• The Year of the Dream (young adult fiction, 1962), illustrated by Harper Johnson
  • A Tangled Web (young adult fiction, 1967)
  • Seven for the People (young adult nonfiction, 1979)
  • Next Time I'll Know (young adult fiction, 1981)
  • A Cooler Climate (adult novel, 1990)
  • Ghost Note (adult novel, 1992)
She also wrote short stories for popular magazines, including:
  • "Family Affair," Canadian Home Journal (Nov. 1957)
  • "The Innocents," McCall's (Aug. 1964)
  • "Trial by Night," Alfred Hitchcock's Mystery Magazine (Jan. 1974)
  • "Accomplices," Alaska Quarterly Review (Fall/Winter 1985)

Louis Shumsky died on May 6, 1968, in New Jersey. Zena remarried in 1970 and was also known by her second married name, Zena Hampson. She lived a writing life and was a member of writers' groups and participated in writers' events. Described as a "small, pretty woman with a soft voice and a delightful English accent,"* Zena Feldman Shumsky Hampson died on October 5, 2016, in Rochester, New York. She was ninety years old.

*From the Democrat and Chronicle (Rochester, NY), September 22, 1962, page 8.

I will write a Book Jacket Bio on the illustrator of Lou and Zena Shumky's book, Ernest Kurt Barth, in the next installment of this blog.

Original text copyright 2021 Terence E. Hanley

Wednesday, January 20, 2021

Iris Owens (1929-2008)

Iris Owens was born Iris Klein on November 25, 1929, in Brooklyn, New York. Her father, Max Klein, was born in Austria. Klein was a professional gambler and his family's life unsettled as a result. In 1940, when the census enumerator found him, he was driving a fruit delivery truck. Iris' mother, named Rose, was a native of Russia and bore three children, of whom Iris was the youngest.

Iris Klein attended Barnard College and is supposed to have graduated from Brooklyn College. She was married twice before age thirty and divorced in pretty short order. She never again married and died without having any children of her own.

Iris moved to Paris in the 1950s and wrote or co-wrote five pornographic novels for Olympia Press under the name Harriet Daimler, what reviewer and novelist Herbert Gold called her nom de cochon ("pig name"). She returned to the United States in 1970 and took up residence again in New York City. Just two more books flowed from her pen, After Claude, from 1973, and Hope Diamond Refuses, from 1984. In 1975 she taught a creative writing workshop at Great Meadow Correctional Facility in Comstock, New York. As the years went by, Iris Owens made fewer and fewer forays from her apartment. Late in life (or maybe not so late) she was, according to accounts, a shut-in. Even the New York Times failed to take note of her death, which came on May 20, 2008. Described during her life and afterwards as ageless, timelessly beautiful, even Junoesque in her stature and appearance, she was seventy-eight years old when the end came.

The narrator of After Claude is a young woman writer who has returned to New York after having lived in Paris. Her name--or maybe we can call it a meta-name--is Harriet Daimler. Herbert Gold (who is still with us) reviewed After Claude for the San Francisco Examiner (July 1, 1973, p. 188), writing: "Owens Qua Daimler [has] proved one of the most important triple-headed theses of modern times: That at one and the same time a woman writer can be (1) funny, (2) pornographic and (3) ladylike." The book is indeed funny--hilarious might be a better word for it--until it isn't anymore. Like Portnoy's Complaint by Philip Roth (1969), it is a funny book about serious things and ends in a kind of sadness and loss. Mr. Gold wrote: "This book dissolves finally in hysteria, the satire troubled by real pain, and the curious abandon at the end of the book adds a dimension of pathos which is against the principles of your standard black humorist."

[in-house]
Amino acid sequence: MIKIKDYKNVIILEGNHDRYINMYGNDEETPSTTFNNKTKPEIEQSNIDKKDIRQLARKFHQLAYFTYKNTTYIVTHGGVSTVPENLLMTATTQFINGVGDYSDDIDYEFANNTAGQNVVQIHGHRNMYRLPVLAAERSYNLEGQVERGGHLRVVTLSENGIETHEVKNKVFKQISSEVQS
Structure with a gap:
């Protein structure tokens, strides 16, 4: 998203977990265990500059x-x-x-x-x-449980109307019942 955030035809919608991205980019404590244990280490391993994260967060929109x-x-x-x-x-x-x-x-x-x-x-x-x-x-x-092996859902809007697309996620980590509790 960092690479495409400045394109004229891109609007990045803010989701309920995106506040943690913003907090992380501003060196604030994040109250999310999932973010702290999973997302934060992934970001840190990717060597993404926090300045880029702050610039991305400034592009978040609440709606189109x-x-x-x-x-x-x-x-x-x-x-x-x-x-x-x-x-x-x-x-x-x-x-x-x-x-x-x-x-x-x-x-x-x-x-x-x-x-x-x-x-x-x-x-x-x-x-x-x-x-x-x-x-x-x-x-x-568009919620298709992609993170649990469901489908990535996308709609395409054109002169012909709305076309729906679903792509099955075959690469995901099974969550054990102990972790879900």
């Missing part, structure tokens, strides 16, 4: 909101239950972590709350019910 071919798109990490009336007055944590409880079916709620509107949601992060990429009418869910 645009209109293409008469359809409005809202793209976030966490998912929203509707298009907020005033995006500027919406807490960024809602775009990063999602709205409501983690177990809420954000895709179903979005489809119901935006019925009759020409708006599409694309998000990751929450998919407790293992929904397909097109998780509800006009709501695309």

I snapped this book up when I saw it because of the blurbs on the cover, because it is a fairly short novel (only 219 pages), but mostly because of the cover with its classic 1970s photo illustration and typography, more so because of the classic 1970s look of the cover model. The photographer is Neal Slavin, who is also still with us. I wonder if we'll ever know the name of his subject (although she looks a little or a lot like the actress Jenny O'Hara).

If you would like to read more about Iris Owens, try "Iris Owens: Wit of the Bitch," by Izabella Scott, by clicking hereA list of books by Iris Owens, from the website Wikipedia:

As Harriet Daimler:

  • Darling (1956)
  • The Pleasure Thieves, with Marilyn Meeske, who wrote under the pseudonym Henry Crannach (1956)*
  • Innocence (1957)
  • The Organization (1957)
  • Woman (reissued as The Woman Thing) (1958)

As Iris Owens:

  • After Claude (1973)
  • Hope Diamond Refuses (1984)

Iris Owens (1929-2008)

Original text copyright 2021 Terence E. Hanley

Tuesday, December 1, 2020

Jane Werner (1915-2004) & Eloise Wilkin (1904-1987)


Nearly every American child from the 1940s to today knows and remembers Little Golden Books, a series that began as a joint venture between Simon and Schuster and Western Printing and Lithographing Company. The books in this series are and were loved and treasured, and they have sold millions of copies since their beginning in 1942.

Ten years later, Simon and Schuster published The Christmas Story, written by Jane Werner and illustrated by Eloise Wilkin. Jane Werner's prose and Eloise Wilkin's pictures are tender and sensitive and well suited to children. An example appears on the first page of The Christmas Story:

This is Mary, a girl of Galilee.